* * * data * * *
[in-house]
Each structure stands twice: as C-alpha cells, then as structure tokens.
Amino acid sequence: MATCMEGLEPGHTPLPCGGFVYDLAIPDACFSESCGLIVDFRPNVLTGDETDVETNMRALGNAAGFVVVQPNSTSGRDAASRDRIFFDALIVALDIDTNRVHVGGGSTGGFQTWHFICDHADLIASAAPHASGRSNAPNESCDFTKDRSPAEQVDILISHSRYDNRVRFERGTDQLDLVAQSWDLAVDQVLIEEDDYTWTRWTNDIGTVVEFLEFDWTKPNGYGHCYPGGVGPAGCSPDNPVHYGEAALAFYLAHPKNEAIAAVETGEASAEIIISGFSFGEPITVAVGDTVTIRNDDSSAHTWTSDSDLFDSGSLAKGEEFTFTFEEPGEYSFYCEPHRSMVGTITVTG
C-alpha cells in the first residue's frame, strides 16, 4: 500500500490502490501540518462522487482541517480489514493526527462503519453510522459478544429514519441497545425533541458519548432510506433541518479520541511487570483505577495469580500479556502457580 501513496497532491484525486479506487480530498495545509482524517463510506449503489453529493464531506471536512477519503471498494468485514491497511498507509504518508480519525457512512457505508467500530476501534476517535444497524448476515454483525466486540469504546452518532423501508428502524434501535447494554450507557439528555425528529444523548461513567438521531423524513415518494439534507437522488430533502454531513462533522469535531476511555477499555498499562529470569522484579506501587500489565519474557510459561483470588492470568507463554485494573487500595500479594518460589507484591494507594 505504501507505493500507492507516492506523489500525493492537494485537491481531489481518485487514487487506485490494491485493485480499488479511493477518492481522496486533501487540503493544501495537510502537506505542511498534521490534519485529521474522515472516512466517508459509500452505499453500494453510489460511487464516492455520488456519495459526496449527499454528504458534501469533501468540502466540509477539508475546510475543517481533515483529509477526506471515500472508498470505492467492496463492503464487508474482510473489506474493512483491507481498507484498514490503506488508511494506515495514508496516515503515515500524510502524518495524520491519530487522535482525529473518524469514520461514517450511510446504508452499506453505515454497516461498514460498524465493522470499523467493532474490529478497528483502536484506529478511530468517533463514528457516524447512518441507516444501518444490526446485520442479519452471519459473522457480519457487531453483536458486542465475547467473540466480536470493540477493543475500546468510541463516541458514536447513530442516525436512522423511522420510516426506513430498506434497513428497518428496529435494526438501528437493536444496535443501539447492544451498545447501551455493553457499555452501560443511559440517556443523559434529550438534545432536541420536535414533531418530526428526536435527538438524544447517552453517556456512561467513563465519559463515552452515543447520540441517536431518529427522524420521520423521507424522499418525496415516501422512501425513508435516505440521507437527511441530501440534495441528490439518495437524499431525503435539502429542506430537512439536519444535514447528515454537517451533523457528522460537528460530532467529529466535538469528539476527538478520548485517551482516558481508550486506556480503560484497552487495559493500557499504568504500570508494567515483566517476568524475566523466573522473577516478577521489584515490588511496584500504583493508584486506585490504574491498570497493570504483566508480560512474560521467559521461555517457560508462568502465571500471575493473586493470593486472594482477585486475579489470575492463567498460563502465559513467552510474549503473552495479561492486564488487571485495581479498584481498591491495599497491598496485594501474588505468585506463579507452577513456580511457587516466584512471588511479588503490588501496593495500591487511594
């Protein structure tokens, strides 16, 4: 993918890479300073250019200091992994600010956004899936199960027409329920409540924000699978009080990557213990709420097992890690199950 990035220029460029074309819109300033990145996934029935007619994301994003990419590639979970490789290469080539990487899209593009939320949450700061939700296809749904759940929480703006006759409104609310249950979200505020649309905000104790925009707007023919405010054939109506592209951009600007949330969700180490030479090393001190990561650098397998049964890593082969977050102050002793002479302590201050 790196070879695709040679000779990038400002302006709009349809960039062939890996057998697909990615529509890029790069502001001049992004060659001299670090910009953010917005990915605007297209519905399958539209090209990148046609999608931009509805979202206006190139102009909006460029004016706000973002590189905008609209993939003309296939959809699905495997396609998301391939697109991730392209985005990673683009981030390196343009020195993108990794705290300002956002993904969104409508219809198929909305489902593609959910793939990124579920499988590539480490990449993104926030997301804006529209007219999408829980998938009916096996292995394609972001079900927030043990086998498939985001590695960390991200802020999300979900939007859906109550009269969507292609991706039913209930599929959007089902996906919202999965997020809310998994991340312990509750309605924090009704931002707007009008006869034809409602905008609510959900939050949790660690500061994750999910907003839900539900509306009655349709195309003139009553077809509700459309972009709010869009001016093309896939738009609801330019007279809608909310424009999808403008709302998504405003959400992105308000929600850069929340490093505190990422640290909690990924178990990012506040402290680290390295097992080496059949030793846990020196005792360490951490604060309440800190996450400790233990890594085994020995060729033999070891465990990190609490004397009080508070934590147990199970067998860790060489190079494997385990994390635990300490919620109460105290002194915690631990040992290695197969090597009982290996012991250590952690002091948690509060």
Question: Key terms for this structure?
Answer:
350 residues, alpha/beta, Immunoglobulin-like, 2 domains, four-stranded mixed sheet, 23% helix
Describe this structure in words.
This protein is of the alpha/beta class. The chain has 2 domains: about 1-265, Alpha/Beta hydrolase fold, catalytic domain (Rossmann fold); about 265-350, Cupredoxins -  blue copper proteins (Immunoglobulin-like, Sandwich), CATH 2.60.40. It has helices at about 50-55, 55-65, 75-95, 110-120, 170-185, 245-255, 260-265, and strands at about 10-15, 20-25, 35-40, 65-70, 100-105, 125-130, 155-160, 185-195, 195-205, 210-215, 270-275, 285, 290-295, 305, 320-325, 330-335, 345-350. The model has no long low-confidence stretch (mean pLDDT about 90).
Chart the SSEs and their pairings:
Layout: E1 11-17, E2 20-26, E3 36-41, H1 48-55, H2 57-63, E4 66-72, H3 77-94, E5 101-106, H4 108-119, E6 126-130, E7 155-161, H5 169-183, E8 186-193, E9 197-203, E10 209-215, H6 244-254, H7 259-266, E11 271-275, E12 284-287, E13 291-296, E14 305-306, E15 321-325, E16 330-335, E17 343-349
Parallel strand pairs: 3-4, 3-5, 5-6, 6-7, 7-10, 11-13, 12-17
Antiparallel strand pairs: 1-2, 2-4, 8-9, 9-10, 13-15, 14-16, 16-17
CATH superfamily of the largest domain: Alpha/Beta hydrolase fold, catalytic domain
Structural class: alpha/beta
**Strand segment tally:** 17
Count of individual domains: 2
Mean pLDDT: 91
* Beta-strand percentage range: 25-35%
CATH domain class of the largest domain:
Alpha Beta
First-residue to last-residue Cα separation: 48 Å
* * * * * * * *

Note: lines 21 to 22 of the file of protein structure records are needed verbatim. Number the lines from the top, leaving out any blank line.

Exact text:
CATH domain class of the largest domain:
Alpha Beta